Debugging through console watches is powerful where you step in each call and trace the code logic. However As systems evolve and grow more complex with increasing other dependencies (special frameworks, third party tools, environment / OS /patch dependencies) catching memory leaks and usage becomes a nightmare and the ability to peer into their inner workings becomes increasingly valuable.
Say for example you’re working on some component which is to be deployed on a terminal with limited memory and hardisk (POS / Self Service Machines for instance have real limitations in terms of systems resources and RAM). Many developers often overlook these scenarios which causes a problem in the long run.
This article describes some very useful techniques for debugging and profiling .NET based applications. Profiling is a technique used to analyze and determine the exact behavior of your managed applications in realtime (without the source code).
+ What is going on in the garbage collector heap (Useful for finding heap corruption bugs as well)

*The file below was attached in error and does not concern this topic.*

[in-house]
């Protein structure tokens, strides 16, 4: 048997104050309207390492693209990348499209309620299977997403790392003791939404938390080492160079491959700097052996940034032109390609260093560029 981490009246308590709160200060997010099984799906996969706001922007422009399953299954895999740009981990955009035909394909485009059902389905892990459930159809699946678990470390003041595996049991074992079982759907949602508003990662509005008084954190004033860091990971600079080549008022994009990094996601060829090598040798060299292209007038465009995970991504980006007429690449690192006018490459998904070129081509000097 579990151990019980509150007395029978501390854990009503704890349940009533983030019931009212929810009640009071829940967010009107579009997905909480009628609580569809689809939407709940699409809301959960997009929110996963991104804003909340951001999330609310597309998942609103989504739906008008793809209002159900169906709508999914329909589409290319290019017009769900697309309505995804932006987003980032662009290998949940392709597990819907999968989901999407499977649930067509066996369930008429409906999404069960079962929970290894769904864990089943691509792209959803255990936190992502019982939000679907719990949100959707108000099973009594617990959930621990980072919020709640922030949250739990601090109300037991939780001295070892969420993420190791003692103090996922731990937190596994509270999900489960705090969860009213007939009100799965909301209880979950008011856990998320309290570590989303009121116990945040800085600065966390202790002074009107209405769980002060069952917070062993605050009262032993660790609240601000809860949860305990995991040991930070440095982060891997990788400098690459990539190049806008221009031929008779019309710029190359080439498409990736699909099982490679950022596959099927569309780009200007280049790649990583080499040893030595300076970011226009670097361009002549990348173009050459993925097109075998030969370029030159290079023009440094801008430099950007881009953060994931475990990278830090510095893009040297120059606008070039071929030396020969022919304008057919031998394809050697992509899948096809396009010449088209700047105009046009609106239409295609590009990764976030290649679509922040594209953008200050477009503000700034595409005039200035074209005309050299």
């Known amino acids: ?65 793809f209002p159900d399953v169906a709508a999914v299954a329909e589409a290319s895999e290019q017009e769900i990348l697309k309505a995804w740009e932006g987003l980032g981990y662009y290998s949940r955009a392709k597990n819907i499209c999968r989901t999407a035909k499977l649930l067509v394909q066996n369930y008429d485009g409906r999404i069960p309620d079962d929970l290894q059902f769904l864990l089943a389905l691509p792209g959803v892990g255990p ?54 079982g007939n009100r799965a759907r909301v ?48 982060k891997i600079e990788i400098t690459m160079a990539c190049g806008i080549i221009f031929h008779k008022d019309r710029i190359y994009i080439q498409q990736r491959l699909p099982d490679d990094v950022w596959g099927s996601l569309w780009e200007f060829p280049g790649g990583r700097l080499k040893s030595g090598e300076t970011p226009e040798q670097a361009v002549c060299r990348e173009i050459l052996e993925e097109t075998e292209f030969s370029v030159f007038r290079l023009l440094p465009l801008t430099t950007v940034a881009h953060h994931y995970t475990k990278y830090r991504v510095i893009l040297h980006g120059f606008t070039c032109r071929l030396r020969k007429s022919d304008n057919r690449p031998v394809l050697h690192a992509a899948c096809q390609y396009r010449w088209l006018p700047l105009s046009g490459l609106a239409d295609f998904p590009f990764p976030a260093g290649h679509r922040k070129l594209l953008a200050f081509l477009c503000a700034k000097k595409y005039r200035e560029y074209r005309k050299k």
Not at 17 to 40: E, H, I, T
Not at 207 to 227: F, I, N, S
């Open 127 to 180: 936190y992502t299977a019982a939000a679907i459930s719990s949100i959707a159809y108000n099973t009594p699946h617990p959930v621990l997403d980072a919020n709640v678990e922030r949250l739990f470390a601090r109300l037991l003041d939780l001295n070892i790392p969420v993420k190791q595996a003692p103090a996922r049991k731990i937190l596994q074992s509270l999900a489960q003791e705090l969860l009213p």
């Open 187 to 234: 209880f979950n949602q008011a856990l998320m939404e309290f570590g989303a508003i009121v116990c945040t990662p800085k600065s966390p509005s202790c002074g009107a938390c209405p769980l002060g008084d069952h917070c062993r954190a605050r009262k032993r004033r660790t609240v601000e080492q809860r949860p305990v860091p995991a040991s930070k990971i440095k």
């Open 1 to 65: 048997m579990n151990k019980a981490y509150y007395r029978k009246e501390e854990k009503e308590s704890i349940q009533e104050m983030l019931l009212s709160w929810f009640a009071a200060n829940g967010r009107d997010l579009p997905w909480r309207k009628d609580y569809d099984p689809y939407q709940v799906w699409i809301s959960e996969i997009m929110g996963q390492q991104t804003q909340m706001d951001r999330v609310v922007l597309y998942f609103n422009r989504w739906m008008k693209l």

+ Method / Object memory allocations.
+ Which methods allocate which types of objects?
+ Which objects survive and time durations.
+ What is on the heap and who is accessing it.
+ What keeps objects alive (useful for determining orphan objects which could have been deallocated to save memory)
+ Call graphs let you see who is calling whom how often.
+ Which methods, classes, modules get pulled in by whom.
The profiler is a good tool to use when you want to find out what’s happening in memory. For instance, ASP.NET developers using InProc sessions state are always curious about how much memory they are using.
Below are some screenshots I took for profiling a sample application.
Timelines (How much memory is being used at what time)
Application Call Tree:
The following sample application profile trace was taken with the CLR Profiler Tool by Microsoft. There are other commercial offerings such as Jetbrains dotTrace and ANTS Profiler with other enhanced functionalities, reporting and automation.
An excellent MSDN article with a sample application using .NET profiling API can be found here:
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